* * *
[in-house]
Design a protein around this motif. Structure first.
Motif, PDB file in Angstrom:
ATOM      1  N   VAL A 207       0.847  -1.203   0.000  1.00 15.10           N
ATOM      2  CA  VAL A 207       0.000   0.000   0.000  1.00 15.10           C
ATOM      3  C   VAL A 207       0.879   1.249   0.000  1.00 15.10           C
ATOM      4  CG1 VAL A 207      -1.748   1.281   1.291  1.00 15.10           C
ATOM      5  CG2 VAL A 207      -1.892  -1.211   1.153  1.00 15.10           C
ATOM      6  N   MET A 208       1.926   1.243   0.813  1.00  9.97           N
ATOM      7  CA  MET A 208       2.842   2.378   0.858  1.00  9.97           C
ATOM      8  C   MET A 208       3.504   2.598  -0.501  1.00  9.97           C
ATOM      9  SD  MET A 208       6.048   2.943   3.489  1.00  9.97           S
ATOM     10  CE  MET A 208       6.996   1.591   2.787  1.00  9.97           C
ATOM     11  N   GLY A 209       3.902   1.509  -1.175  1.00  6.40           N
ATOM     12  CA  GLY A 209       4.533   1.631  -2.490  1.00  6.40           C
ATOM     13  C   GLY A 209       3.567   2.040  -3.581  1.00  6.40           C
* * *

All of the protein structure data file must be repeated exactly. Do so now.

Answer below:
[in-house]
Design a protein around this motif. Structure first.
Motif, PDB file in Angstrom:
ATOM      1  N   VAL A 207       0.847  -1.203   0.000  1.00 15.10           N
ATOM      2  CA  VAL A 207       0.000   0.000   0.000  1.00 15.10           C
ATOM      3  C   VAL A 207       0.879   1.249   0.000  1.00 15.10           C
ATOM      4  CG1 VAL A 207      -1.748   1.281   1.291  1.00 15.10           C
ATOM      5  CG2 VAL A 207      -1.892  -1.211   1.153  1.00 15.10           C
ATOM      6  N   MET A 208       1.926   1.243   0.813  1.00  9.97           N
ATOM      7  CA  MET A 208       2.842   2.378   0.858  1.00  9.97           C
ATOM      8  C   MET A 208       3.504   2.598  -0.501  1.00  9.97           C
ATOM      9  SD  MET A 208       6.048   2.943   3.489  1.00  9.97           S
ATOM     10  CE  MET A 208       6.996   1.591   2.787  1.00  9.97           C
ATOM     11  N   GLY A 209       3.902   1.509  -1.175  1.00  6.40           N
ATOM     12  CA  GLY A 209       4.533   1.631  -2.490  1.00  6.40           C
ATOM     13  C   GLY A 209       3.567   2.040  -3.581  1.00  6.40           C